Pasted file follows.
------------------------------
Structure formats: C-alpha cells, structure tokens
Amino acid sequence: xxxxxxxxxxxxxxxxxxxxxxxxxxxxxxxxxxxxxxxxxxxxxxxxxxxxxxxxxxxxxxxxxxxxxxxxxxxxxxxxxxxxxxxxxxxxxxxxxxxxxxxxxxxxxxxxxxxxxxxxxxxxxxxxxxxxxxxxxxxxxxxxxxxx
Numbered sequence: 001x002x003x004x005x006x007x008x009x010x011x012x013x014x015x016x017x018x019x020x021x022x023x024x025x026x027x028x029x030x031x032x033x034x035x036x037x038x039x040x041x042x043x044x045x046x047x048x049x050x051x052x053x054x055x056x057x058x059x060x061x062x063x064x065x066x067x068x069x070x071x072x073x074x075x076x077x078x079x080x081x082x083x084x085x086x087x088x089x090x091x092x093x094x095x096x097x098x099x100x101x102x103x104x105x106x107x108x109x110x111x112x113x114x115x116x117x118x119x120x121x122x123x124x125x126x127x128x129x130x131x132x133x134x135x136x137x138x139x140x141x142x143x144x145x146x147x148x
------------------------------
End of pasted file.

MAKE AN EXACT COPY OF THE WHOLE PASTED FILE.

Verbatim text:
Structure formats: C-alpha cells, structure tokens
Amino acid sequence: xxxxxxxxxxxxxxxxxxxxxxxxxxxxxxxxxxxxxxxxxxxxxxxxxxxxxxxxxxxxxxxxxxxxxxxxxxxxxxxxxxxxxxxxxxxxxxxxxxxxxxxxxxxxxxxxxxxxxxxxxxxxxxxxxxxxxxxxxxxxxxxxxxxx
Numbered sequence: 001x002x003x004x005x006x007x008x009x010x011x012x013x014x015x016x017x018x019x020x021x022x023x024x025x026x027x028x029x030x031x032x033x034x035x036x037x038x039x040x041x042x043x044x045x046x047x048x049x050x051x052x053x054x055x056x057x058x059x060x061x062x063x064x065x066x067x068x069x070x071x072x073x074x075x076x077x078x079x080x081x082x083x084x085x086x087x088x089x090x091x092x093x094x095x096x097x098x099x100x101x102x103x104x105x106x107x108x109x110x111x112x113x114x115x116x117x118x119x120x121x122x123x124x125x126x127x128x129x130x131x132x133x134x135x136x137x138x139x140x141x142x143x144x145x146x147x148x